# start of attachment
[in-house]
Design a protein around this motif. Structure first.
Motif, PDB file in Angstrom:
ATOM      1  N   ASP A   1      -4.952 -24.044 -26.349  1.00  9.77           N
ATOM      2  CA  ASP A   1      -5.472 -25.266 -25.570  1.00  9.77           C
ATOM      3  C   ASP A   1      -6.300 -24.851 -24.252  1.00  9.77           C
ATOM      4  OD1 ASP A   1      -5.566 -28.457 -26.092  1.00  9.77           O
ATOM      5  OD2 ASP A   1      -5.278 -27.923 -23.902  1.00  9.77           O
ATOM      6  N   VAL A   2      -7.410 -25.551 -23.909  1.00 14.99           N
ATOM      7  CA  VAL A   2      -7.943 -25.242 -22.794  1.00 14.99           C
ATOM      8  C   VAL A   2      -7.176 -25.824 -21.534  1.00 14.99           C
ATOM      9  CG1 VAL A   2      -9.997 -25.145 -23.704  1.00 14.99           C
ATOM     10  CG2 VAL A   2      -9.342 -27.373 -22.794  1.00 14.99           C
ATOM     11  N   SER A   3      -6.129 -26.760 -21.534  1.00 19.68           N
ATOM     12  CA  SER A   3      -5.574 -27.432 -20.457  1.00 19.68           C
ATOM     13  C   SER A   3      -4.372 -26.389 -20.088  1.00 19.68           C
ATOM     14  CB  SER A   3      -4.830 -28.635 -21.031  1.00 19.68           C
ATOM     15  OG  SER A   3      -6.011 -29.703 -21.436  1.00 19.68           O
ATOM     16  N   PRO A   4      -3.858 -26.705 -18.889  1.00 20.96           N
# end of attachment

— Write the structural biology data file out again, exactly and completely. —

[in-house]
Design a protein around this motif. Structure first.
Motif, PDB file in Angstrom:
ATOM      1  N   ASP A   1      -4.952 -24.044 -26.349  1.00  9.77           N
ATOM      2  CA  ASP A   1      -5.472 -25.266 -25.570  1.00  9.77           C
ATOM      3  C   ASP A   1      -6.300 -24.851 -24.252  1.00  9.77           C
ATOM      4  OD1 ASP A   1      -5.566 -28.457 -26.092  1.00  9.77           O
ATOM      5  OD2 ASP A   1      -5.278 -27.923 -23.902  1.00  9.77           O
ATOM      6  N   VAL A   2      -7.410 -25.551 -23.909  1.00 14.99           N
ATOM      7  CA  VAL A   2      -7.943 -25.242 -22.794  1.00 14.99           C
ATOM      8  C   VAL A   2      -7.176 -25.824 -21.534  1.00 14.99           C
ATOM      9  CG1 VAL A   2      -9.997 -25.145 -23.704  1.00 14.99           C
ATOM     10  CG2 VAL A   2      -9.342 -27.373 -22.794  1.00 14.99           C
ATOM     11  N   SER A   3      -6.129 -26.760 -21.534  1.00 19.68           N
ATOM     12  CA  SER A   3      -5.574 -27.432 -20.457  1.00 19.68           C
ATOM     13  C   SER A   3      -4.372 -26.389 -20.088  1.00 19.68           C
ATOM     14  CB  SER A   3      -4.830 -28.635 -21.031  1.00 19.68           C
ATOM     15  OG  SER A   3      -6.011 -29.703 -21.436  1.00 19.68           O
ATOM     16  N   PRO A   4      -3.858 -26.705 -18.889  1.00 20.96           N